Quicken Loans' Billion Dollar Bracket Challenge, announced last month, is another good example. The entire purpose of the sweepstakes, which offers $1 billion to anyone with a perfect March Madness bracket, was to increase exposure. The hype boosted Quicken Loans's Twitter follower count by 5% in just two days, growth that typically takes a few months.
Since the average price of a Twitter follower is generally valued at about $2, a relatively inexpensive contest can generate thousands, and sometimes even millions of dollars in social media value.
The future may be even brighter. Until this point, the Twitter sports craze hasn't been fully harnessed by the pro teams themselves. Wayin, whose software links ads with tweets, is seeking to change that. The social media start-up partnered with the Denver Broncos last year, and here's what I wrote about it a few weeks ago:
Through the arrangement, fans' in-game tweets are displayed on the stadium's scoreboard and TVs with ads, and in its first trial...over 87,000 tweets were submitted. These efforts can make teams thousands of dollars in ad revenue each home game...Depending on the value of each Twitter ad impression [most range between $0.75 and $2.50]...this strategy could make football teams over $1 million per season.
Wayin's technology is only in its infancy, but the company's clients include four NFL teams in addition to the Broncos: the St. Louis Rams, Atlanta Falcons, Buffalo Bills, and Philadelphia Eagles.
The Falcons and Wayin, for example, are currently experimenting with a "social media hub" that gathers and organizes tweets from fans, staff members, and players. It is sponsored by Microsoft's Surface, and although the value of the endorsement hasn't been made public, I'd estimate it's worth at least $500,000 a year, considering the Falcons have a little over 250,000 Twitter followers.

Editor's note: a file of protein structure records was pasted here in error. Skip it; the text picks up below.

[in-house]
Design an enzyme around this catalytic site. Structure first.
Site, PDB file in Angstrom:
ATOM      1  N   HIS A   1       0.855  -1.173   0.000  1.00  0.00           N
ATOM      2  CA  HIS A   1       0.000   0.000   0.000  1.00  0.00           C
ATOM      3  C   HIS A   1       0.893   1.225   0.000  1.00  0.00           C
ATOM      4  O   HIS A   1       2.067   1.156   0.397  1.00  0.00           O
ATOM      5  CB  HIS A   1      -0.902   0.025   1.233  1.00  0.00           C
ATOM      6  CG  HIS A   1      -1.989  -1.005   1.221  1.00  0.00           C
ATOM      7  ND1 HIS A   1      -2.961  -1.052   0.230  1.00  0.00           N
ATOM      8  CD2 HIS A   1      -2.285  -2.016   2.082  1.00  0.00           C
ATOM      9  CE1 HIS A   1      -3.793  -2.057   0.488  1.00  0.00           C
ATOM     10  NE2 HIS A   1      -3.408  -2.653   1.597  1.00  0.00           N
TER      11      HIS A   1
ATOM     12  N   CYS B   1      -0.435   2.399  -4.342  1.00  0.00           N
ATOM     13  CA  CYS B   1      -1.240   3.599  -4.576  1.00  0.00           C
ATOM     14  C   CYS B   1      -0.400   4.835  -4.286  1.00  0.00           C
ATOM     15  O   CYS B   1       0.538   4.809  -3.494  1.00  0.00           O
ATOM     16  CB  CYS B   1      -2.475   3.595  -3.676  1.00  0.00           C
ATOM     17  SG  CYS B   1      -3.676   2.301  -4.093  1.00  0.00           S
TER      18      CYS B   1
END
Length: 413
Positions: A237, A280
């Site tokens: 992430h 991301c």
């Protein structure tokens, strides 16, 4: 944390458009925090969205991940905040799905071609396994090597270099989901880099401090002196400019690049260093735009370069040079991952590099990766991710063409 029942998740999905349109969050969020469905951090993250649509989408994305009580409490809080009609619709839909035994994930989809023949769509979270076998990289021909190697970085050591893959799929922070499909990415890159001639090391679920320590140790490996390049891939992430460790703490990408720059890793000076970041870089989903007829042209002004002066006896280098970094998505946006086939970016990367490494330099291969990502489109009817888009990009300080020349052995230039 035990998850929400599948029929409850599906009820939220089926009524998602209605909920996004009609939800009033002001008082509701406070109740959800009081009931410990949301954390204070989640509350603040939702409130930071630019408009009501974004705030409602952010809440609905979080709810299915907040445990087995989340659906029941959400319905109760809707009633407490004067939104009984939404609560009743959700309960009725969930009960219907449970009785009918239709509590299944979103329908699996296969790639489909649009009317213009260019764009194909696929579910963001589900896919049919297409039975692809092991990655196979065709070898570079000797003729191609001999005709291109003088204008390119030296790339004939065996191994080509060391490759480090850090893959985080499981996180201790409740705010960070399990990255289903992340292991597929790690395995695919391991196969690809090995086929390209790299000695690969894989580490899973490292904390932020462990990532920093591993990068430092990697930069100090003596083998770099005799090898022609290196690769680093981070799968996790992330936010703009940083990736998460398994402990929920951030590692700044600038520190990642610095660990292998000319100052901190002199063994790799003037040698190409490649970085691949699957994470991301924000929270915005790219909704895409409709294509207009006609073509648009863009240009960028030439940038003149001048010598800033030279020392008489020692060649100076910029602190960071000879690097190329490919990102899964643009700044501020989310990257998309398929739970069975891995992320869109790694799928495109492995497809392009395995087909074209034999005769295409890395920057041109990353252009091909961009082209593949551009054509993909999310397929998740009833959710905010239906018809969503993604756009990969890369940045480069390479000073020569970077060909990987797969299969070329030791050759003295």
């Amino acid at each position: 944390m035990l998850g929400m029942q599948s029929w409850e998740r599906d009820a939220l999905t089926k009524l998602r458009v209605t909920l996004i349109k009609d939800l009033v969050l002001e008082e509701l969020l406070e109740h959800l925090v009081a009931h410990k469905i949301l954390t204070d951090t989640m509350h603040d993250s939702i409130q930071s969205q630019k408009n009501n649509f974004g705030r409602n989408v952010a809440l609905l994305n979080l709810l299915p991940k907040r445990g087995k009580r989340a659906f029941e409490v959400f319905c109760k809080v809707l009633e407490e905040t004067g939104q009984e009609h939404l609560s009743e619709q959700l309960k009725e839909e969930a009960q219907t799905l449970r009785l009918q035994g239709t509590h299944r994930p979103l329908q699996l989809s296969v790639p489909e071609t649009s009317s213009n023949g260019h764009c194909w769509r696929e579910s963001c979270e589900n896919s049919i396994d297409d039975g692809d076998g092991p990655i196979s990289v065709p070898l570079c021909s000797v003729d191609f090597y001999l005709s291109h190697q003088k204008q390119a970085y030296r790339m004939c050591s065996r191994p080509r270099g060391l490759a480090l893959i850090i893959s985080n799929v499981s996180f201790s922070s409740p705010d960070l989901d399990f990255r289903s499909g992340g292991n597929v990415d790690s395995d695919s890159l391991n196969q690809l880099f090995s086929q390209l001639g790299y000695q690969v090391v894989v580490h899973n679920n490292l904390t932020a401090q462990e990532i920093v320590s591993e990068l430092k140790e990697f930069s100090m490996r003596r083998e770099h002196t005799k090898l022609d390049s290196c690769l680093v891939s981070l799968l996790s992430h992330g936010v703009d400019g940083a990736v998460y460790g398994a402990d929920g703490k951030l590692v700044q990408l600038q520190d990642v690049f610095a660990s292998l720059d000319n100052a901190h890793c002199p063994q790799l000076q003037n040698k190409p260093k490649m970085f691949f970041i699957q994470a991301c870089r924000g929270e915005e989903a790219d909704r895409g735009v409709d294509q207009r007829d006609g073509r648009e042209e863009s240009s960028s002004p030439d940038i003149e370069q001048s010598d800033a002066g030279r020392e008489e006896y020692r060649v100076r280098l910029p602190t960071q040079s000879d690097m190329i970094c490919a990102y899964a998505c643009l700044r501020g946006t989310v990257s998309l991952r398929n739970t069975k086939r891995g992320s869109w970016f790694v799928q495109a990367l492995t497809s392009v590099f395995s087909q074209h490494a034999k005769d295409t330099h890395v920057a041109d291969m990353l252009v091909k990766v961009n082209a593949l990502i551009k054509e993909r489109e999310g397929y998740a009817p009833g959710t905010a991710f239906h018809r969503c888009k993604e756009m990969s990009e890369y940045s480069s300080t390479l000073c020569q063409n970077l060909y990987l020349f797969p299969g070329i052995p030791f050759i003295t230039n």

Wayin is also connected with the Dallas Mavericks of the NBA, and the San Jose Sharks and Nashville Predators of the NHL.
By partnering with companies like this, sports teams can capitalize on their fans' love of Twitter. The potential revenue isn't enormous, but at the very least, these strategies can boost fan retention. I'm more likely to follow my team during the offseason, and cheer for it during a down season, if it's involved in my social media world.
Many non-sports organizations, like Quicken Loans, are also using this phenomenon to create contests that boost their exposure, and it's something networks are fans of as well. The next time you see a #SCtop10 hashtag on ESPN's SportsCenter, remember the business implications behind it.
The more fans tweet about a sporting event, the more likely they are to watch it -- the dopamine response is too powerful to ignore.
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The article The Growing Power of Twitter in Sports originally appeared on Fool.com.
Jake Mann has no position in any stocks mentioned. The Motley Fool recommends Twitter and Walt Disney. The Motley Fool owns shares of Microsoft and Walt Disney. Try any of our Foolish newsletter services free for 30 days. We Fools may not all hold the same opinions, but we all believe that considering a diverse range of insights makes us better investors. The Motley Fool has a disclosure policy.